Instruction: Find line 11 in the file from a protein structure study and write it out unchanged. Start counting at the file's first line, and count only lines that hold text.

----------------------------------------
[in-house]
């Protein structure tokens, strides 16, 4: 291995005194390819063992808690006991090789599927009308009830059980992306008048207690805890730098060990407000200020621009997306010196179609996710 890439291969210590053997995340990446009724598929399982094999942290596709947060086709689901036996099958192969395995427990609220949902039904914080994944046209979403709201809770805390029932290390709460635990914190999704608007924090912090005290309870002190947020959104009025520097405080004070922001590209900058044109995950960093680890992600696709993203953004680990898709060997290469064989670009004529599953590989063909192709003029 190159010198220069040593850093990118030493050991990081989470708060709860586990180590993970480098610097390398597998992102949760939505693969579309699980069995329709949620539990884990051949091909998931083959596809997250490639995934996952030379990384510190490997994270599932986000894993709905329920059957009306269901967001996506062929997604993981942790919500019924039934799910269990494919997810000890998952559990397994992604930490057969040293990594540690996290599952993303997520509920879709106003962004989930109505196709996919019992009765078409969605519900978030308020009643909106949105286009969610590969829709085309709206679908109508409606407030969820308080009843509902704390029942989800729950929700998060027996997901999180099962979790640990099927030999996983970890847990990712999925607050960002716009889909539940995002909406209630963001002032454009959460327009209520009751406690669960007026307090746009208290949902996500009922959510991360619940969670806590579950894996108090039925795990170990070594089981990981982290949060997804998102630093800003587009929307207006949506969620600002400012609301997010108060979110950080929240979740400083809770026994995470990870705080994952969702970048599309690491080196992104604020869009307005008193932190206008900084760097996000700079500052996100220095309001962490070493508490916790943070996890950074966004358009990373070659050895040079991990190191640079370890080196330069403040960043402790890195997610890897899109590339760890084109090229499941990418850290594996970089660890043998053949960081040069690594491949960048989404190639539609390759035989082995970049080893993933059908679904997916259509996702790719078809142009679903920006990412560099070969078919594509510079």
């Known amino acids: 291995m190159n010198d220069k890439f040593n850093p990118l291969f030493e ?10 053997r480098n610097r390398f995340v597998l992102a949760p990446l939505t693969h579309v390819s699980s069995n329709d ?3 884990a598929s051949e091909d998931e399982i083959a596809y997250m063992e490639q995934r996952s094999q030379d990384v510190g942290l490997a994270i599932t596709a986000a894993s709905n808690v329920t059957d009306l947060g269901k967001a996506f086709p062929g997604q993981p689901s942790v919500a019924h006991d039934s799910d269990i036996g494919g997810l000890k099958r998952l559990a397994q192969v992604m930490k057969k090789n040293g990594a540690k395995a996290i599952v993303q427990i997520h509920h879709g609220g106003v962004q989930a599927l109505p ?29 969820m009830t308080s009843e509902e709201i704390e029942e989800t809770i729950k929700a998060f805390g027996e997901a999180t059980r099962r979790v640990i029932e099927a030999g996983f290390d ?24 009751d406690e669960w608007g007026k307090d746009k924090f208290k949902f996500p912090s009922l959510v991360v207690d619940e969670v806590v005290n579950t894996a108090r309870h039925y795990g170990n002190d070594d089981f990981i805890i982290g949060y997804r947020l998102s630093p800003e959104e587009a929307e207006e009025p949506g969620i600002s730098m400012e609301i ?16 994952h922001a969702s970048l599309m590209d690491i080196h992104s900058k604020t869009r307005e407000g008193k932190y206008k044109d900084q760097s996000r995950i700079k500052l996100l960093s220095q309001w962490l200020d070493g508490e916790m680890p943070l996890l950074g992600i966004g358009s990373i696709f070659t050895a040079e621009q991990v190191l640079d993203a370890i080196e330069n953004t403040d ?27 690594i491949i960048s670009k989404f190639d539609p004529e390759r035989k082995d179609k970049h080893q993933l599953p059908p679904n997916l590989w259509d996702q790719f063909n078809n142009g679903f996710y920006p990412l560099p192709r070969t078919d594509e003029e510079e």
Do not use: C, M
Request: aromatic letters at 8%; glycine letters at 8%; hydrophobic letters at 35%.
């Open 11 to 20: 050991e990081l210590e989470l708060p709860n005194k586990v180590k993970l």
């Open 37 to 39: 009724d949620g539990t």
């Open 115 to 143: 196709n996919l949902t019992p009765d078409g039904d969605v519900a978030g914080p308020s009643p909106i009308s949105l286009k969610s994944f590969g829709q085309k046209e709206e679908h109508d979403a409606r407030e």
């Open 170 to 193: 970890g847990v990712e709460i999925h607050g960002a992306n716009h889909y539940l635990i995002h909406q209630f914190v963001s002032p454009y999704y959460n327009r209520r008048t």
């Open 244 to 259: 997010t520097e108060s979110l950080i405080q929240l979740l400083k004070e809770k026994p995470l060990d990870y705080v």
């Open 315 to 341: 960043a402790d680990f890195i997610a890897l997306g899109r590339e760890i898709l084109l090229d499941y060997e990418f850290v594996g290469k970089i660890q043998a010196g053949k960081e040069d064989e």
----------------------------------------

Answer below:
């Open 315 to 341: 960043a402790d680990f890195i997610a890897l997306g899109r590339e760890i898709l084109l090229d499941y060997e990418f850290v594996g290469k970089i660890q043998a010196g053949k960081e040069d064989e």